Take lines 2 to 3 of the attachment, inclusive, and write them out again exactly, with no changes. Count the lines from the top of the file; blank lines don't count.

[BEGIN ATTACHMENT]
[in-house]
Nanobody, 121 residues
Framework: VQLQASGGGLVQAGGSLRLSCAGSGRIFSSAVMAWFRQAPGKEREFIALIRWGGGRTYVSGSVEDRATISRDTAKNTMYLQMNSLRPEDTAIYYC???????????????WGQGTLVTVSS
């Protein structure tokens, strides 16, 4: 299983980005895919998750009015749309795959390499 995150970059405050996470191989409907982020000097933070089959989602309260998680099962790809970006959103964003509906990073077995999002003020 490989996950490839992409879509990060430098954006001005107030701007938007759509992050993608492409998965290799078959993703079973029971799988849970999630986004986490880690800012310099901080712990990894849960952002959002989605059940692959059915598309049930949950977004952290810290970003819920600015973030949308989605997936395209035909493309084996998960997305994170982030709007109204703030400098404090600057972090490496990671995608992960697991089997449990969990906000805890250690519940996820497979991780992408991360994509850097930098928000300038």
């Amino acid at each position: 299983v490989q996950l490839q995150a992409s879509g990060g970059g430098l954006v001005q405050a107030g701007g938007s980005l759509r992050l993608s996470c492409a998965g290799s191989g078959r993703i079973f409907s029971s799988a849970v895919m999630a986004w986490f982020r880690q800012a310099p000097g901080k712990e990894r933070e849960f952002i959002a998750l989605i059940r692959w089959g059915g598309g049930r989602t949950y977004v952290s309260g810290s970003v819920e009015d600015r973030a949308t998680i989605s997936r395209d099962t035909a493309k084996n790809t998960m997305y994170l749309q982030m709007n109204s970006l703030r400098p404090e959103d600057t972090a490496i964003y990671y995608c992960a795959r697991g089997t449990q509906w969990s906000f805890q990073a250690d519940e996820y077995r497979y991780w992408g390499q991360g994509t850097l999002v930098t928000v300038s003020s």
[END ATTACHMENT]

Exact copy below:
Nanobody, 121 residues
Framework: VQLQASGGGLVQAGGSLRLSCAGSGRIFSSAVMAWFRQAPGKEREFIALIRWGGGRTYVSGSVEDRATISRDTAKNTMYLQMNSLRPEDTAIYYC???????????????WGQGTLVTVSS